From time zone to time zone, there are signs of a broken financial system. This past weekend’s issue of Barron’s had a splendid article by Jonathan Laing titled, “Why Beijing’s Troubles Could Get a Lot Worse.” Laing interviews Anne Stevenson-Yang from J Capital Research. Stevenson-Yang is a long-time China watcher, speaks fluent Mandarin and has lived in China for many years. In the interview, Laing asks her about many of the problems that the media covers, but one of the keys in the Q&A was the following:
Q: How bad can the situation be when the Chinese economy grew by 7.3% in the latest quarter?
A: “People are crazy if they believe any government statistics, which, of course are largely fabricated. In China, the Heisenberg uncertainty principle of physics holds sway, whereby the mere observation of economic numbers changes their behavior. For a time we started to look at numbers like electric-power production and freight traffic to get a line on actual economic growth because no one believed the gross-domestic-product figures. It didn’t take long for Beijing to figure this out and start doctoring those numbers, too.”
As a long time skeptic of official Chinese economic data it was refreshing to find a similar view from a long-time China analyst. My doubts were raised by a simple viewpoint which is if the Chinese government prevented the free use of Google then I believed that the free flow of any meaningful data was difficult to ascertain.M y view was for the health of China to look at its largest suppliers of goods, especially Australia.
Iron ore prices as well as other raw materials have been sliding for the last year, and, as Ms.Stevenson-Yang said, “I’d be shocked if China is currently growing at a rate above 4%, and any growth at all is coming from financial services, which ultimately depend on sustained growth in the rest of the economy.” My point is to view all things China with a skeptic’s eye before swallowing the “analysts” and talking heads of financial media.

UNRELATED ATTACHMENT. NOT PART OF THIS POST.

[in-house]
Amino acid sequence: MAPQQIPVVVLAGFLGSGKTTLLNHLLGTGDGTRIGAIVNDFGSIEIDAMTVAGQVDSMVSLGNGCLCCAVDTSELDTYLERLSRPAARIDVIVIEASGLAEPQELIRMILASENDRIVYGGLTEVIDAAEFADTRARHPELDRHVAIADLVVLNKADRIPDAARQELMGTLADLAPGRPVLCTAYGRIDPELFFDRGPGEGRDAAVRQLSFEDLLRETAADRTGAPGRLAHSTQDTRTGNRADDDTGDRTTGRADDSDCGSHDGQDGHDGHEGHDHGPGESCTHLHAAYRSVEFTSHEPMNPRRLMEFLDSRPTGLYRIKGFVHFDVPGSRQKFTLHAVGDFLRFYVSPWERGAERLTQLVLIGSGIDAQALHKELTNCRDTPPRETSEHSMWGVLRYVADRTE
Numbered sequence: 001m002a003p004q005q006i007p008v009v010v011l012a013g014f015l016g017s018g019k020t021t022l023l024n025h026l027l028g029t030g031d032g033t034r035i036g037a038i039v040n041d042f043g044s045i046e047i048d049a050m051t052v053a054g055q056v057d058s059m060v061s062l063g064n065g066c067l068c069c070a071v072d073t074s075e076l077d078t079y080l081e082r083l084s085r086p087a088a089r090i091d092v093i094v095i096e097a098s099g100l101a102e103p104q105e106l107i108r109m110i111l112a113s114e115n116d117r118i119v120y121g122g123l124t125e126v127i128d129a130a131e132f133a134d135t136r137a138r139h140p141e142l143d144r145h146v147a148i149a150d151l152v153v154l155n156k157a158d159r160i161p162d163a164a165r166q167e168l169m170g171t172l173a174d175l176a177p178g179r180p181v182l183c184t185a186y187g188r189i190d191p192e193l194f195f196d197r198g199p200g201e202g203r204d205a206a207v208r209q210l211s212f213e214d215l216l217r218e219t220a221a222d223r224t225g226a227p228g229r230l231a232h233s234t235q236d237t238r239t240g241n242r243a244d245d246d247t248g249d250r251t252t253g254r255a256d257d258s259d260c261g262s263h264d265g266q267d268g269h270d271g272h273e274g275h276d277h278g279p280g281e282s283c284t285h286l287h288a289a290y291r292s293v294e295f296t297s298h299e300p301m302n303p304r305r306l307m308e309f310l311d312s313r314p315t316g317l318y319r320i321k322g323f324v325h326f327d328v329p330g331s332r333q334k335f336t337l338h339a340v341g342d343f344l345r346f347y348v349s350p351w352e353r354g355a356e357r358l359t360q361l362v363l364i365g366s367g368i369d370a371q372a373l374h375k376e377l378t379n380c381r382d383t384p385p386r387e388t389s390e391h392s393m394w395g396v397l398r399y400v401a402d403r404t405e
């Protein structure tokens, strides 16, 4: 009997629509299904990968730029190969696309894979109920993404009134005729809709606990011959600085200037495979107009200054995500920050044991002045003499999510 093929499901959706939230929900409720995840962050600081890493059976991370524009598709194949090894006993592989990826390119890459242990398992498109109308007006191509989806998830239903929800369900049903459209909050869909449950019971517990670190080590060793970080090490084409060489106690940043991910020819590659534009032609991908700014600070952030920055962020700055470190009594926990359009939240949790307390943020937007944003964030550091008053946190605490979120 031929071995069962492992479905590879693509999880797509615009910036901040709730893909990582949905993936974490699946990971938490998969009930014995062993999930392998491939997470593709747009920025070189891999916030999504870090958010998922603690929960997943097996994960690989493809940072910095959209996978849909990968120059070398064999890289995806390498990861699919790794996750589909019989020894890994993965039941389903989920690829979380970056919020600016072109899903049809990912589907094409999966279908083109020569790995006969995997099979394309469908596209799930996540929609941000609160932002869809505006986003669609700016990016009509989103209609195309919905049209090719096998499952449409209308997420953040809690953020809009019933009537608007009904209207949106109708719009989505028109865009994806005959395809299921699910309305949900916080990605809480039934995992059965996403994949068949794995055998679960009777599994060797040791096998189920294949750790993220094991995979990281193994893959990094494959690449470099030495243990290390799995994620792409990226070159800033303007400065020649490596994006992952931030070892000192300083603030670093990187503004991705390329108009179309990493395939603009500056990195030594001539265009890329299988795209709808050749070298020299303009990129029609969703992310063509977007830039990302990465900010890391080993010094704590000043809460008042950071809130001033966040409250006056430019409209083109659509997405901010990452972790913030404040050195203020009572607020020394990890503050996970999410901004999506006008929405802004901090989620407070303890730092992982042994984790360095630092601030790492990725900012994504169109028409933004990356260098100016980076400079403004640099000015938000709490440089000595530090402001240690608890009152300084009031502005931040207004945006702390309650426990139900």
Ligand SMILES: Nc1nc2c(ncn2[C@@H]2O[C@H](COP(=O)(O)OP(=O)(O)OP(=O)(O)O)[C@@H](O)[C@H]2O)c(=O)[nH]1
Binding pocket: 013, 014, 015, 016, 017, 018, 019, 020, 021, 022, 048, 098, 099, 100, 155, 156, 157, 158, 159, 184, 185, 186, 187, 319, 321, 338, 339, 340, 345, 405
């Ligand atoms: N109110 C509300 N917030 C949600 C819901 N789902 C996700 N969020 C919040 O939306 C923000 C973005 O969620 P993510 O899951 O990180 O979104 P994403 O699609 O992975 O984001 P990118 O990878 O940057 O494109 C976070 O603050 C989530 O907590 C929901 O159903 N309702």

In trying to understand the impact of the YEN weakness on the global economy I ran a YEN/YUAN chart (USDJPY/USDCNY) and saw that the YEN has depreciated almost 50 percent versus the YUAN during the past two years since Japan began its efforts to weaken its currency. In looking at a monthly chart, the current YEN/YUAN price is lower than the June 1998 level when the Chinese government was very unhappy over Japanese efforts to intervene and weaken the YEN. The YEN/YUAN was at 17.49 yen to a yuan in 1998 and is now at 19.32 yen to yuan. In trying to court favor with the Chinese, the U.S. Treasury intervened in the foreign exchange markets and actually sold DOLLARS and BOUGHT yen. This will not happen now as the politics of the globe have changed as the status of China’s economy, but it is a potential flash point within the Asian region, especially if China is slowing. The Japanese are pressing for a weaker YEN but will its neighbors acquiesce in its efforts?
France: 0.97%Spain: 1.81%Italy: 2.02%Portugal: 2.82%;Ireland: 1.34%